Will I be able to buy a larger share of my home?

Yes, you’re able to buy a larger share of your home once you’re able to. Furthermore, you can keep buying shares until you own 100% of your property. This process is called staircasing and can be done when you remortgage.

Once you own 100% of your home, you’d be able to get a regular mortgage. Mortgage rates are likely to improve, as you’d own more of your home and are much less of a risk to lenders.

You’d also no longer need to pay rent, as you’d own 100% of your home.

Learn more: How to remortgage a shared ownership home

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How to apply for the shared ownership scheme

To apply for shared ownership, you will need to contact a Help to Buy agent in the area you want to live.

It’s also recommended to speak to a mortgage advisor to ensure that you’re eligible for a mortgage. This is because you may qualify for the scheme, but not a mortgage.

On the other hand, you might qualify for a mortgage but may not be suitable for the shared ownership scheme. Either way, a mortgage advisor will inform you of what’s possible.

Doing your research beforehand can save you a lot of time, frustration and money. There are other schemes and mortgage types available that may be better suited.

For instance, if you have bad credit, applying for a mortgage will be far from straightforward.

Read more: Getting a shared ownership mortgage with bad credit

Can I sell my home at any time?

If you own your shared ownership home outright, then you can sell your home whenever you choose to. That being said, some housing associations will have a clause in their terms and conditions where they’ll have the first option to buy.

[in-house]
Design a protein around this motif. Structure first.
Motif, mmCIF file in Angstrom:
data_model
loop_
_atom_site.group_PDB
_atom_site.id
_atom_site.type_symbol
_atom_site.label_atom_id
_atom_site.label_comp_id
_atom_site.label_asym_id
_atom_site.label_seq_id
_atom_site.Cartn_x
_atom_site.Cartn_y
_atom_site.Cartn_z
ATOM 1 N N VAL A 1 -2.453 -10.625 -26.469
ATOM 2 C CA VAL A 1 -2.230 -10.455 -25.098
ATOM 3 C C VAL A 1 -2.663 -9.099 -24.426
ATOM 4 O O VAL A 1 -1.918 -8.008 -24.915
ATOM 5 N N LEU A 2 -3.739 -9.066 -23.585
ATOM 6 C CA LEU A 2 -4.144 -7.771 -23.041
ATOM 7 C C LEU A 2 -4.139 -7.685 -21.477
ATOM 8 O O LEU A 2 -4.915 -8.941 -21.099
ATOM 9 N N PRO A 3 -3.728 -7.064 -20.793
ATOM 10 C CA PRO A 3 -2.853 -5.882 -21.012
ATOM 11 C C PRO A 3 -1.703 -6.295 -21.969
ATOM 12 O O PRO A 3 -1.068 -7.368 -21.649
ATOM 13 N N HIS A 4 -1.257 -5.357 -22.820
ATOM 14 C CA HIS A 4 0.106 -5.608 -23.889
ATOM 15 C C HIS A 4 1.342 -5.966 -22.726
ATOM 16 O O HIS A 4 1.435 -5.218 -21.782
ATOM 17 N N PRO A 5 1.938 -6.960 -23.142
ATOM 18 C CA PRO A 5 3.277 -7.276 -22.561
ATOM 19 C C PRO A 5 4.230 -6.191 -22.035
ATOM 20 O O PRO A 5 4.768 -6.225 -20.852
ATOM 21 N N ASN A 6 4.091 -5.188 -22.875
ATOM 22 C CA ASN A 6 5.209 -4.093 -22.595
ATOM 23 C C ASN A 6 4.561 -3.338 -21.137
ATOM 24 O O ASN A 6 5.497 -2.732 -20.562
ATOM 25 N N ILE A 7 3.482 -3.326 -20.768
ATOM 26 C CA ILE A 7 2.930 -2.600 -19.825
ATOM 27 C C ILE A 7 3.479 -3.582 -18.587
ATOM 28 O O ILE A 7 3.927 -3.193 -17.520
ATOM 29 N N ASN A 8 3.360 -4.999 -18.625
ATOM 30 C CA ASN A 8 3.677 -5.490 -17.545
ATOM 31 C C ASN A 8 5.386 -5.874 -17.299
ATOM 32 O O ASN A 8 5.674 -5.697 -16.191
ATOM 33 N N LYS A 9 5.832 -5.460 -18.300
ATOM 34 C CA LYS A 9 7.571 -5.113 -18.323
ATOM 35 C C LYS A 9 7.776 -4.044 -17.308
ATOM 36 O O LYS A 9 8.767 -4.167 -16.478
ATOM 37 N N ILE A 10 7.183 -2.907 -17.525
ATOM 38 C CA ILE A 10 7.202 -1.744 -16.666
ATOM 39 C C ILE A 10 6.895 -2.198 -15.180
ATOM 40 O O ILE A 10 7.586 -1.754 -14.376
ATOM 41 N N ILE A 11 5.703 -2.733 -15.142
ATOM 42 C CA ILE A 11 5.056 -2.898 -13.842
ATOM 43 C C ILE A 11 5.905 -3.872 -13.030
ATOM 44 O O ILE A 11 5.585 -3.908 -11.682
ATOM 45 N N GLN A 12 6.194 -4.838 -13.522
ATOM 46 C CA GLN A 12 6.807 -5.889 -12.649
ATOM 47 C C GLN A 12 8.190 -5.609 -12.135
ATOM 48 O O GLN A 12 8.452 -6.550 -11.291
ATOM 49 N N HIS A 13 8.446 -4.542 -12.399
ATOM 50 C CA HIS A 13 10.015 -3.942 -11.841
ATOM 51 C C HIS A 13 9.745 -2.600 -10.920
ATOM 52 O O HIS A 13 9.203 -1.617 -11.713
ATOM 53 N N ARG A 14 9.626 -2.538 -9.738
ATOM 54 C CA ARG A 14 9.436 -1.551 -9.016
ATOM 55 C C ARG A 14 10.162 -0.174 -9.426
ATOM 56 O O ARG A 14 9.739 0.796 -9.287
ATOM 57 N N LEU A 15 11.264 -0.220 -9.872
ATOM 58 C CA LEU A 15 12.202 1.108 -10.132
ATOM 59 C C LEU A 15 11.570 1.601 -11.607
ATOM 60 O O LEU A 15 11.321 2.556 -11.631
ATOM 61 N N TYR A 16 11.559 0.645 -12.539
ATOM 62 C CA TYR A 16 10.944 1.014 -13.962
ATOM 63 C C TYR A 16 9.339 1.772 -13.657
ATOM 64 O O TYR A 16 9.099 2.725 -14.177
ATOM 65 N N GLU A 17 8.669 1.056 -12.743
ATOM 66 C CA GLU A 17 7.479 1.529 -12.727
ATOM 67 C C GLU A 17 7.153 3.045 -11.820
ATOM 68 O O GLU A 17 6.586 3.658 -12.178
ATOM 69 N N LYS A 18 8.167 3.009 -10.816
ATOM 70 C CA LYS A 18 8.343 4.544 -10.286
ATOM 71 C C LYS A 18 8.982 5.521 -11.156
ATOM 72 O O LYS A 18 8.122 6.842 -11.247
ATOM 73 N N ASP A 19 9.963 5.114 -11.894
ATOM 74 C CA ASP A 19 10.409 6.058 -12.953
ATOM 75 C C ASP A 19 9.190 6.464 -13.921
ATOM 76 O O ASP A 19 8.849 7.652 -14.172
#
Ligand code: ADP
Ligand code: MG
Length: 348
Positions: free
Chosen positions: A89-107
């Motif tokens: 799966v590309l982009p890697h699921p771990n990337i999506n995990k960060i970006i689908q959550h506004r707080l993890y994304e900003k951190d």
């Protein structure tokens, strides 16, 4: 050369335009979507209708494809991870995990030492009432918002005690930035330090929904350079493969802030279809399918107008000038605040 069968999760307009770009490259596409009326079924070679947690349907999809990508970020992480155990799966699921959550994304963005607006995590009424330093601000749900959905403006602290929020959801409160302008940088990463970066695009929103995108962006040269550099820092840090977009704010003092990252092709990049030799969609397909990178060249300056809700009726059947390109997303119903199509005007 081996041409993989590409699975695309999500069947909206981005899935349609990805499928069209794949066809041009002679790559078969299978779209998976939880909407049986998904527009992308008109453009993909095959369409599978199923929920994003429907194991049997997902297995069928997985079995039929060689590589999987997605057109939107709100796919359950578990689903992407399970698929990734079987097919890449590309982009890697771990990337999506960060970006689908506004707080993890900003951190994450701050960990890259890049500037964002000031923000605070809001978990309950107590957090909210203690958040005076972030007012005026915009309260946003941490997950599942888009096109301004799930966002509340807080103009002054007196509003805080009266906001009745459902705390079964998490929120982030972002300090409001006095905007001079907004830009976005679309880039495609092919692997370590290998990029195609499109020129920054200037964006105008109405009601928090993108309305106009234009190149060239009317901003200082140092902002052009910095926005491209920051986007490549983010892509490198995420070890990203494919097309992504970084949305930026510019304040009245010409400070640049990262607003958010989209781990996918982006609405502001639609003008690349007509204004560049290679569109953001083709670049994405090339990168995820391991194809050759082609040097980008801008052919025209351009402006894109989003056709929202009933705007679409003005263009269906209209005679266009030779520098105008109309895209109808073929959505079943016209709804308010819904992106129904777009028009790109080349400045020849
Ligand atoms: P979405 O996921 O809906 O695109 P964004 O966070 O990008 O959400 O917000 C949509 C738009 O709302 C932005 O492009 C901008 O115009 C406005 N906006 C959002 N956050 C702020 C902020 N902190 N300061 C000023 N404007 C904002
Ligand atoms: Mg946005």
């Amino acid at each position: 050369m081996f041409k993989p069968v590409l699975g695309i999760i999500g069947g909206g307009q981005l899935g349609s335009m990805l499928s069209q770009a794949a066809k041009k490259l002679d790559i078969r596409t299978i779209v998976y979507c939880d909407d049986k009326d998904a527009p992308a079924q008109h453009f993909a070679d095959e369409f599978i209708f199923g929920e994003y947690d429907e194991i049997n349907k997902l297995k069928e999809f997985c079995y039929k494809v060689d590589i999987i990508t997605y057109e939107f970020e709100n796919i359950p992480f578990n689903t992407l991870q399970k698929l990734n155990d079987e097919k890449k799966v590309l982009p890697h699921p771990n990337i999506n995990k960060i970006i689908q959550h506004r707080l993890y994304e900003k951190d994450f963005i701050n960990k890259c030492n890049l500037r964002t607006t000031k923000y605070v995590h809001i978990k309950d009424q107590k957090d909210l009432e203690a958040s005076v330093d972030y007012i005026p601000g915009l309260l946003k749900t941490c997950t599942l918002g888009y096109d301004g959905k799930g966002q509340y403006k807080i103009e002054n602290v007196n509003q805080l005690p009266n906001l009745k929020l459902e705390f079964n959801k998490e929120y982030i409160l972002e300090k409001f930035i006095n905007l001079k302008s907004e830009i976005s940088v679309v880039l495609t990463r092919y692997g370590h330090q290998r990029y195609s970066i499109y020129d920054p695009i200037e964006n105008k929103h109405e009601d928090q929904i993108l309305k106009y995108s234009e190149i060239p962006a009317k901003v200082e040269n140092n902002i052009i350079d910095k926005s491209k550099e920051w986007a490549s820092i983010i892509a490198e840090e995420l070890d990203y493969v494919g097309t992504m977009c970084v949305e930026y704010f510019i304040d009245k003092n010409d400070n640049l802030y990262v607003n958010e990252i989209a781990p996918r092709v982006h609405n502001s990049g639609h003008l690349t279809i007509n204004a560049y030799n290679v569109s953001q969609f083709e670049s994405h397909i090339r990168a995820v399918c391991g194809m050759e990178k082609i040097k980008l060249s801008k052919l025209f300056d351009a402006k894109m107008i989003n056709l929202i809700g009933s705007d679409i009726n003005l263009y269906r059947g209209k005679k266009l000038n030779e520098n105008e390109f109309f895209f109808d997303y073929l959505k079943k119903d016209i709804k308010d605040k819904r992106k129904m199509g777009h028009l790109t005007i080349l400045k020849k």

If you own a share of your home, speak to your housing provider. Each housing association has its own terms and conditions. There are typically no issues with selling your share but it’s likely you’ll have to follow your housing association’s guidelines.

Your housing association will request an independent valuation of the property. This is so they’re able to calculate the exact value of your home and the shares involved.

Your housing association will then either decide to sell the property as a whole or with an option for shared ownership. Nonetheless, either option shouldn’t affect you in selling your share in any way.

Shared ownership mortgage rates

It’s important to note that not all lenders offer mortgages for shared ownership. As a result, mortgage rates for shared ownership can be higher than usual. This is especially true if you’re using a 5% deposit.

Speak to a mortgage advisor who has experience with shared ownership. This is because they’ll approach suitable lenders while trying to find the most competitive deals you qualify for.

As a result, you’ll be able to compare interest rates across multiple mortgages.

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About the author

Mortgage Advisor | More Articles

Martin is a senior mortgage advisor and has held a CeMAP qualification for over 15 years while also completing an MBA in Global Banking & Finance.